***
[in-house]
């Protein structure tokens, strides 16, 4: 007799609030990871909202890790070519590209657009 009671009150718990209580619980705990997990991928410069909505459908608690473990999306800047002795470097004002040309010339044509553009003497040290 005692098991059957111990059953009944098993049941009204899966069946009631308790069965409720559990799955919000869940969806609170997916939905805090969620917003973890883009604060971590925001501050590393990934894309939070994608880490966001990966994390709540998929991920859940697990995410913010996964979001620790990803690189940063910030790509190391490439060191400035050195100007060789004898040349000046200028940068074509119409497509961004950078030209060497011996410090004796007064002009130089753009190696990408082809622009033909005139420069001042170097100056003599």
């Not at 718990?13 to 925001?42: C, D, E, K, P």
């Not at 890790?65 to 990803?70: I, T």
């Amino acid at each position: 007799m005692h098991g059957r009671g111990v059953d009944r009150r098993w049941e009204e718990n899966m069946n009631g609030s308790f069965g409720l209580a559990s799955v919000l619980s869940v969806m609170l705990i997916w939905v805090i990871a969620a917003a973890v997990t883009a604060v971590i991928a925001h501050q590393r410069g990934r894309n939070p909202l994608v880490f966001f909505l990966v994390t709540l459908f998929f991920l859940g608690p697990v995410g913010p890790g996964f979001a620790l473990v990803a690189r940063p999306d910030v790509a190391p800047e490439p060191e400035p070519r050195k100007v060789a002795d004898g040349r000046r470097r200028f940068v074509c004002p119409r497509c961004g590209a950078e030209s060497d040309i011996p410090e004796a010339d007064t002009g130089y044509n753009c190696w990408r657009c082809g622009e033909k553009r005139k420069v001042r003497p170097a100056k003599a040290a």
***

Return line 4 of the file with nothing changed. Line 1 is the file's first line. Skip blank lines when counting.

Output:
């Not at 890790?65 to 990803?70: I, T």